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Katy Elliott BN (Hons) Bachelor of Nursing (Adult)

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Hi, I'm Katy Elliott and I studied BN Adult within Health Sciences at the University of Southampton.

While in Malawi I got to watch and assist in 11 births – two of the babies were named after me – and I gained loads of hands-on experience caring for patients in resource-restricted circumstances.

Why did you decide to do nursing at university?
After school I got a full-time job, because I felt that was the thing to do. No one in my family had gone to university, but I always wanted to do nursing. It wasn’t until after my granddad died and my nephew was born prematurely that I thought about doing nursing again, as I witnessed all the amazing care given and wanted to get involved.

What is your ambition?
Ever since I was a child, I have watched Children in Need and Comic Relief on the television and seen the great work that charities do in Africa to help people. These programmes gave me a desire to help people in Africa as well, and as a student nurse at Southampton, I have always looked for opportunities to fulfil this ambition.

What do you enjoy most about your course?
The most enjoyable part of the course for me is the placements. It’s great to be out there helping people, as well as gaining real-world experience. I also organised an additional placement in my second year on top of the required placements for my course. I went to Malawi, in Africa, to use the knowledge I had gained so far as a student nurse to benefit the people living there.

Can you tell us more about your placement in Africa?
The University has a relationship with AMECA, a charity that provides sustainable medical education and care in African communities. Through this I secured a £1,000 bursary, which added with my own fundraising, enabled me to travel to Malawi.

I organised the whole trip myself and even chose the hospital that I wanted to work in – the David Gordon Memorial Hospital (DGMH), which is a 100+ bed mission hospital situated on a plateau 3,000 feet above Lake Malawi. When I travelled there, I took with me some donated supplies such as gloves, aprons and dressings. But I also took out colouring books and pens, toys and dolls for the local children to use when they were in hospital.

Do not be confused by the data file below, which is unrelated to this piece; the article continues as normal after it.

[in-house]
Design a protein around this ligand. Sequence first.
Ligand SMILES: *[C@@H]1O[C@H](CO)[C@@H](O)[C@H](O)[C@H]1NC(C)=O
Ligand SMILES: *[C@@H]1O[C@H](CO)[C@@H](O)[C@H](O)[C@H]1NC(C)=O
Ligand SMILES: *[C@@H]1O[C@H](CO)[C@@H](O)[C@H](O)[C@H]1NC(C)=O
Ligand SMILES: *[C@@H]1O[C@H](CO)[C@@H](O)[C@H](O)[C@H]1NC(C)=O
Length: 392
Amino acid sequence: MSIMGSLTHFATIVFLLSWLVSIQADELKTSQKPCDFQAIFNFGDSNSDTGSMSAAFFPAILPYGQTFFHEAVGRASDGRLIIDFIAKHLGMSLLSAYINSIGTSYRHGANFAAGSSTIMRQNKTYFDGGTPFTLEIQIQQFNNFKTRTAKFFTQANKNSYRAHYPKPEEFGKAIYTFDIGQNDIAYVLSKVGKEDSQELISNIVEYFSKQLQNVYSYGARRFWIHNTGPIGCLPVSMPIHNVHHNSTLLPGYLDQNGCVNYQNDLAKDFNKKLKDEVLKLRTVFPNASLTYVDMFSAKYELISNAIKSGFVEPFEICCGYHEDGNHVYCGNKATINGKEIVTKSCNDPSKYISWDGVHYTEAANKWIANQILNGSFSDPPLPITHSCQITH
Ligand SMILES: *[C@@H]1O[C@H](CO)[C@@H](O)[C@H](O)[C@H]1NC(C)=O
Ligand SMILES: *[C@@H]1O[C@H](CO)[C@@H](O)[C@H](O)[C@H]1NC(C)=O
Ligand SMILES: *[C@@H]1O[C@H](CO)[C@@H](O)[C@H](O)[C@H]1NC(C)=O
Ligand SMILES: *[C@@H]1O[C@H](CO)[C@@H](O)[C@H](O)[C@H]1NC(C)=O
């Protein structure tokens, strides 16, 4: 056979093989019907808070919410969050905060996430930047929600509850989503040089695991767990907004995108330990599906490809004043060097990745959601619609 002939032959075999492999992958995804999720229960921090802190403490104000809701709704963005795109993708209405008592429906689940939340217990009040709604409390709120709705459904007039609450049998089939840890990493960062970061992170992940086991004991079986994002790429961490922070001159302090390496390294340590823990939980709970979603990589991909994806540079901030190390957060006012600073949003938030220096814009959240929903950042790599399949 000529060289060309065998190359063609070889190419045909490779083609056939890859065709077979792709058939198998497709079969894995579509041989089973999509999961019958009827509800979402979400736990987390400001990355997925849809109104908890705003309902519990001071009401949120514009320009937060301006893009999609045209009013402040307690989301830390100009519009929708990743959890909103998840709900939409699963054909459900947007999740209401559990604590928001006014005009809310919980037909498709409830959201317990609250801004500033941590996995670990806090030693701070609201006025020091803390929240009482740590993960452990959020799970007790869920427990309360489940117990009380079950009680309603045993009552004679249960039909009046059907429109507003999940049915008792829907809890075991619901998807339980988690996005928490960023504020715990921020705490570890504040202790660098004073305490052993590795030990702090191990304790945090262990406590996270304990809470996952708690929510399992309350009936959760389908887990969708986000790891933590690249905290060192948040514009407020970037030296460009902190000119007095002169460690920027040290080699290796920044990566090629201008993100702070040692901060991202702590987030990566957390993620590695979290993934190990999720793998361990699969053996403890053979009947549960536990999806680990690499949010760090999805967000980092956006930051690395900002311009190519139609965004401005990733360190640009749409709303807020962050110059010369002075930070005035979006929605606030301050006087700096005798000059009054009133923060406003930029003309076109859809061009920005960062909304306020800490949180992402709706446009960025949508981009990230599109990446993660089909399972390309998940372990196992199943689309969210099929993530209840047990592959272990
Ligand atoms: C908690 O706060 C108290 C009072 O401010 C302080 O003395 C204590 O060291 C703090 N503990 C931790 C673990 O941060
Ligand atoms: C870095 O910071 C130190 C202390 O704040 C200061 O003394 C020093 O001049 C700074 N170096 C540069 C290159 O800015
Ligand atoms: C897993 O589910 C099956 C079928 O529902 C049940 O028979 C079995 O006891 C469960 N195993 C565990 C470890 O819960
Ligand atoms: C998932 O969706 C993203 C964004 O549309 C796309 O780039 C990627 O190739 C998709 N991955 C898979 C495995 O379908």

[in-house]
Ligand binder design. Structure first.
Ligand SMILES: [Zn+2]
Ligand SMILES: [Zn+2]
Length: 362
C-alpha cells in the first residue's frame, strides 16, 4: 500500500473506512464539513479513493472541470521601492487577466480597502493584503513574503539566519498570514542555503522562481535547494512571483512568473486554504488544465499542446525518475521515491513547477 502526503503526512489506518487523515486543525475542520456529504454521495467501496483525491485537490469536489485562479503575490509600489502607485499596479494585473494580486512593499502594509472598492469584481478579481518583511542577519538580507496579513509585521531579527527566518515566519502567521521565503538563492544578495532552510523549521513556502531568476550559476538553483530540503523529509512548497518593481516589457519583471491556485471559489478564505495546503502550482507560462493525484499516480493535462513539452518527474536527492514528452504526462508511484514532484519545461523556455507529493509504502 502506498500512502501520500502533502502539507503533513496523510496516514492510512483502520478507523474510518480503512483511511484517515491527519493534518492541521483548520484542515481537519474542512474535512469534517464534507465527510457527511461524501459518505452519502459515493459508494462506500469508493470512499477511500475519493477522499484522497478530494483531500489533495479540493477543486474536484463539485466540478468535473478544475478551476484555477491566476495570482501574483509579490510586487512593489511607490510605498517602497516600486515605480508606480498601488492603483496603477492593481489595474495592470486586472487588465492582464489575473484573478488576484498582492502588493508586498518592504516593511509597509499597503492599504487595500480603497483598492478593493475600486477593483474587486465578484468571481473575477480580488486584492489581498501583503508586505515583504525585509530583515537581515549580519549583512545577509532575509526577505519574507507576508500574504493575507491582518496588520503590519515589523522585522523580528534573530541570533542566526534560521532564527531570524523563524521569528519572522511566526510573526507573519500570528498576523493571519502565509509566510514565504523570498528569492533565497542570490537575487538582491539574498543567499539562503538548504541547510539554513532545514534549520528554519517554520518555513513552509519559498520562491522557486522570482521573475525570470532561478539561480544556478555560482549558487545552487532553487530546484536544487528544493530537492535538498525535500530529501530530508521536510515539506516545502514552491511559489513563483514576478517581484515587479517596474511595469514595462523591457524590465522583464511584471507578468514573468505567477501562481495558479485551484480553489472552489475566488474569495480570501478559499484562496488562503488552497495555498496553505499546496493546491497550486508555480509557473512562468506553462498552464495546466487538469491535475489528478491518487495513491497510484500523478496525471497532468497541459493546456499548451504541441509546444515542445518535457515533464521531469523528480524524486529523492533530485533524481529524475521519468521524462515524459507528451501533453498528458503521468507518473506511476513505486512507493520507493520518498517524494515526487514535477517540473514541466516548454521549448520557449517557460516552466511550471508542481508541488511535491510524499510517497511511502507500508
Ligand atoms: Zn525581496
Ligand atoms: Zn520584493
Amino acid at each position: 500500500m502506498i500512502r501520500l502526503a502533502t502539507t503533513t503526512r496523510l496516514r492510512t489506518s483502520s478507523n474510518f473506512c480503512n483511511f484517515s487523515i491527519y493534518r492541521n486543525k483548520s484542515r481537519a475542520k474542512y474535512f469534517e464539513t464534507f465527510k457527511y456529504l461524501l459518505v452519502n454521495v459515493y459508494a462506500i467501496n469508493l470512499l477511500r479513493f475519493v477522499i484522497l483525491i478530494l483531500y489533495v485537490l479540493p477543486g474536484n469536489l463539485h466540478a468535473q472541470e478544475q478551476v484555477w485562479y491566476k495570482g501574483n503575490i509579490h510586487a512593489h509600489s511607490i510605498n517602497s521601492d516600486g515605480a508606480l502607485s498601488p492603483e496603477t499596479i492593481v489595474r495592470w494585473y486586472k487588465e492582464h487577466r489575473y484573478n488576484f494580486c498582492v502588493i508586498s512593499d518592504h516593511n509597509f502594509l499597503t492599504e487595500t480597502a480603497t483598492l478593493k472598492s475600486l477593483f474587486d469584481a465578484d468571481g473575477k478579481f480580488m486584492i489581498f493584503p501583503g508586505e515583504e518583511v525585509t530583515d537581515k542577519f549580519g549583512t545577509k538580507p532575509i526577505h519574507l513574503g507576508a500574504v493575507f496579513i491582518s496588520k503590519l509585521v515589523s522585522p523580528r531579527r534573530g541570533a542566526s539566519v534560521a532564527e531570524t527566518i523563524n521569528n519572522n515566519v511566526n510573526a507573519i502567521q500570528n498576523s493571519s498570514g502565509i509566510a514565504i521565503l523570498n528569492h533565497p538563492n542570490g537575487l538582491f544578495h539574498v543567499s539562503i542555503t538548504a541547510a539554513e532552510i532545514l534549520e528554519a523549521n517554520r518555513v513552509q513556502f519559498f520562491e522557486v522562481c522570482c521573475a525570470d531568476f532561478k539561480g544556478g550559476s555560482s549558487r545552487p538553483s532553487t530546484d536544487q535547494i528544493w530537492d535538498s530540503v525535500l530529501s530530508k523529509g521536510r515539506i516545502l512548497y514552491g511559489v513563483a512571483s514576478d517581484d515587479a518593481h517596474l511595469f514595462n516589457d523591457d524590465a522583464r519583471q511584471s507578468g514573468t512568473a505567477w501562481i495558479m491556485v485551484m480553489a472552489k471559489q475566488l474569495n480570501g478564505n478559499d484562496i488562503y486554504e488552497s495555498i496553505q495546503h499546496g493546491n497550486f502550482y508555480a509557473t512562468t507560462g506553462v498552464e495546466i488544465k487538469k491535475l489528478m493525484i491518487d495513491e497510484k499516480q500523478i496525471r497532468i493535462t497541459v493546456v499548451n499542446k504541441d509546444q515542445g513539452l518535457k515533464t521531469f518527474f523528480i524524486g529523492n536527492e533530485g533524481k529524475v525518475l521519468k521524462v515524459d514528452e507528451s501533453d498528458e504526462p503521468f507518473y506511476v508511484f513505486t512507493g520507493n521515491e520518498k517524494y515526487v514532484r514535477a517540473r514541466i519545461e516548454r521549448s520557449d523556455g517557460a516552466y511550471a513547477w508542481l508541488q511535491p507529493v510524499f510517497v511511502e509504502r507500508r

From the moment I arrived I was getting involved with real-life nursing. I got to watch and assist in 11 births – two of the babies were named after me – and I gained loads of hands-on experience caring for patients in resource-restricted circumstances. I also got to witness some emergency surgery and was able to advise the local nursing staff on different ways to treat wounds and sores in order to make patients more comfortable.

How have the skills you learnt on placement helped you on your course and in the future?
Before I organised my trip to Malawi I wasn’t very organised, but now all the transferable skills I have learnt such as time management, organisation and team work will really help me in my future career as a nurse. The placement also gave me loads of hands-on nursing experience which is invaluable.

Would you recommend nursing at Southampton to other students?
Yes, definitely. When I first got here, I loved it. I can’t stop recommending the course to other people as it has enabled me to go and fulfil my ambition. Even though I applied to other universities as well as Southampton, I only really wanted to come here, because the course is so good. I am from Southampton, but why would I want to go anywhere else, when the best is on my doorstep?

What do you want to do when you leave University?
When I am a qualified nurse, I hope to be able to go back to Malawi and continue to help people, as I am still in contact with all the doctors out there.


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